Glencore's shares flat on first conditional trading day
- 19 May 2011
- From the section Business
Shares in the commodities trading giant Glencore ended right where they started on the first day of conditional - or "grey" - trading in London.
They closed at the same price as they opened - 530p - although at one point they rose as much as 4% to 548p.
Full trading in the firm, whose £36.7bn share-offer value makes it one of the biggest in the UK, begins on Tuesday.
It was expected to raise about £6.8bn, making it London's largest initial public offering.
Glencore's valuation means it is expected to be fast-tracked into the FTSE 100 index at the end of its first day of full trading on 24 May - only the third time that has happened in the index's history.
Glencore is also selling shares in Hong Kong, which have been priced at 66.53 Hong Kong dollars per share.
Glencore's directors and employees still hold about 83.1% of the company, making them extremely wealthy on paper.
Chief executive Ivan Glasenberg, the largest shareholder with about 18% of the company, will be worth about £6bn, making him one of the world's richest men.
"Glencore's offer has seen substantial interest from investors around the world and was significantly oversubscribed throughout the price range providing Glencore with a high-quality, diverse and geographically spread investor base," he said in a statement to the London Stock Exchange.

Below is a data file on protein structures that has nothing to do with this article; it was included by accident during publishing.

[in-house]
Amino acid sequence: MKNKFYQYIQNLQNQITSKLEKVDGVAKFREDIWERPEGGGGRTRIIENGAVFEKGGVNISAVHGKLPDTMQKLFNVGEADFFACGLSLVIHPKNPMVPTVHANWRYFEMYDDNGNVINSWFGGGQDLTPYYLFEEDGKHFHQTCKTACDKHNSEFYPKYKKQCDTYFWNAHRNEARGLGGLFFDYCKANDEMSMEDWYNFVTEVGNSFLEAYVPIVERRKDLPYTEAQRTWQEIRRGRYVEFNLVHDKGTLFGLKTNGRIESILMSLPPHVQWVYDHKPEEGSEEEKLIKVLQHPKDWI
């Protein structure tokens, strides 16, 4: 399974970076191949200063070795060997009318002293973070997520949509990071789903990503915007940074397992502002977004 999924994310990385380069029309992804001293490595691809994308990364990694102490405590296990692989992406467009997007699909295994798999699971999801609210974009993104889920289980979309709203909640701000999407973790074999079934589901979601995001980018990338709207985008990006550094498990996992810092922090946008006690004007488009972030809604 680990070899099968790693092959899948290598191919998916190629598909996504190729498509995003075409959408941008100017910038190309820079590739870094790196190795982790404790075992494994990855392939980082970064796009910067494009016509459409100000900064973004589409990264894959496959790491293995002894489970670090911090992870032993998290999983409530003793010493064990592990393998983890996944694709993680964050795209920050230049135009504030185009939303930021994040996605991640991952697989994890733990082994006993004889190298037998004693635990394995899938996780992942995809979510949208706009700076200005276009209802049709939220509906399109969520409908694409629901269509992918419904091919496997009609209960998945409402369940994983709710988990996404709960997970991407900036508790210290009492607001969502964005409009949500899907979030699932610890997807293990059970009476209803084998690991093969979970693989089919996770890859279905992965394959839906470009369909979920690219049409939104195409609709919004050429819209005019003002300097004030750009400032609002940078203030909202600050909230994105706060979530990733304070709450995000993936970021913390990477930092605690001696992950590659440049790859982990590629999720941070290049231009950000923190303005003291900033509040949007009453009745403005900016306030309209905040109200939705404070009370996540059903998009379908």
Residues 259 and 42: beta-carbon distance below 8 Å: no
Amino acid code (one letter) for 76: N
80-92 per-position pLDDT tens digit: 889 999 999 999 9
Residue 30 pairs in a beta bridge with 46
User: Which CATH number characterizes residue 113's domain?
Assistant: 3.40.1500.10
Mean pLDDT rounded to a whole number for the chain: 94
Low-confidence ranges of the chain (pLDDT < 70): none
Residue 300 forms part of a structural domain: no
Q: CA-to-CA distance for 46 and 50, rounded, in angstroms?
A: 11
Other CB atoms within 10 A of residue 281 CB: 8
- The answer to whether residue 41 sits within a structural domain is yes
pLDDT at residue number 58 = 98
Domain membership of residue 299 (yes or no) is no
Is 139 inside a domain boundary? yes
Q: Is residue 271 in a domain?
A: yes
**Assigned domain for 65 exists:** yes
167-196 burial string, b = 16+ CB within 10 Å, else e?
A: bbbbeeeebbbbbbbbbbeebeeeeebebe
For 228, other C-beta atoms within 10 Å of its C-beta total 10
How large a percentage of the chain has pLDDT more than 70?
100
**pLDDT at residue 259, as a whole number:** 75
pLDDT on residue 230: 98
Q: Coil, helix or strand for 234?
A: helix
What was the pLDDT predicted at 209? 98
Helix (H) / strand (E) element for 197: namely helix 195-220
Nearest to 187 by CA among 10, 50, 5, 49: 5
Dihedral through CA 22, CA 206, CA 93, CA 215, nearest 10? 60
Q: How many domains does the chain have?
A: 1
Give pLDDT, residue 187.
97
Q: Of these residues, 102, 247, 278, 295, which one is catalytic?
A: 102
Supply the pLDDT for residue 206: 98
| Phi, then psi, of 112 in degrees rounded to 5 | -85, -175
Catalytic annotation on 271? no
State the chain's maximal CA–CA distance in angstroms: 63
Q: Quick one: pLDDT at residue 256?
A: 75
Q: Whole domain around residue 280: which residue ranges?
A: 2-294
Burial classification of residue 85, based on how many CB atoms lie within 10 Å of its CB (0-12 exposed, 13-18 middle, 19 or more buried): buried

The initial offering was only for institutions, so retail investors will not get a chance to buy into Glencore until the start of full trading.
Retail investors will be scrutinising Glencore's prospectus to find out more about what has until recently been a relatively secretive company.
The prospectus gives details of the company's activities in countries such as Colombia, Democratic Republic of Congo and Equatorial Guinea, which have attracted controversy in the past.
It also describes pending litigation, including the forthcoming trial of a former employee and a current employee, charged in Belgium with having "committed corruption in exchange for information covered by professional secrecy", in a case relating to the leaking of details of European agricultural quotas.
Former BP boss Lord Browne withdrew from a decision to become Glencore's chairman at the last minute, a move which was attributed to his concerns about transparency.